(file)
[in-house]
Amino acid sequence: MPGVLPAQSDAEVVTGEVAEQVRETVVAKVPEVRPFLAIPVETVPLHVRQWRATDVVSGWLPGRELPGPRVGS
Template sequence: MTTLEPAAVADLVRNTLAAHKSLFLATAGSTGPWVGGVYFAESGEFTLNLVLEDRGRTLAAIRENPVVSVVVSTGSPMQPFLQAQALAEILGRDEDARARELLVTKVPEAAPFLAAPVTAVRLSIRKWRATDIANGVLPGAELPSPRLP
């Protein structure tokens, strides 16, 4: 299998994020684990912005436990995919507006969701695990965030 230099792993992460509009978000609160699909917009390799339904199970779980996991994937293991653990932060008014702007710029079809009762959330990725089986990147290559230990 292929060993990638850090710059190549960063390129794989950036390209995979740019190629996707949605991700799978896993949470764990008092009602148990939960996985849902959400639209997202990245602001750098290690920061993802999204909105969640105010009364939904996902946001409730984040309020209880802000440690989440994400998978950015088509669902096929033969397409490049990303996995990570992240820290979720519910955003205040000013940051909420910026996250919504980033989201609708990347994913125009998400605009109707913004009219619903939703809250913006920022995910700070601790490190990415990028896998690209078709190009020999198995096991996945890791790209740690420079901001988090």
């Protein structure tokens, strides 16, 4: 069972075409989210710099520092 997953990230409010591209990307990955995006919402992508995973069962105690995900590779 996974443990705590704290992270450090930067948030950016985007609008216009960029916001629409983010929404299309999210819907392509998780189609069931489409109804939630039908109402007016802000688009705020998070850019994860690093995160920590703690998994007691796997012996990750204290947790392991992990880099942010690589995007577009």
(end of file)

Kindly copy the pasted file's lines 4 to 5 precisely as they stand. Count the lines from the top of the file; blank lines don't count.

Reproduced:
């Protein structure tokens, strides 16, 4: 299998994020684990912005436990995919507006969701695990965030 230099792993992460509009978000609160699909917009390799339904199970779980996991994937293991653990932060008014702007710029079809009762959330990725089986990147290559230990 292929060993990638850090710059190549960063390129794989950036390209995979740019190629996707949605991700799978896993949470764990008092009602148990939960996985849902959400639209997202990245602001750098290690920061993802999204909105969640105010009364939904996902946001409730984040309020209880802000440690989440994400998978950015088509669902096929033969397409490049990303996995990570992240820290979720519910955003205040000013940051909420910026996250919504980033989201609708990347994913125009998400605009109707913004009219619903939703809250913006920022995910700070601790490190990415990028896998690209078709190009020999198995096991996945890791790209740690420079901001988090």
């Protein structure tokens, strides 16, 4: 069972075409989210710099520092 997953990230409010591209990307990955995006919402992508995973069962105690995900590779 996974443990705590704290992270450090930067948030950016985007609008216009960029916001629409983010929404299309999210819907392509998780189609069931489409109804939630039908109402007016802000688009705020998070850019994860690093995160920590703690998994007691796997012996990750204290947790392991992990880099942010690589995007577009």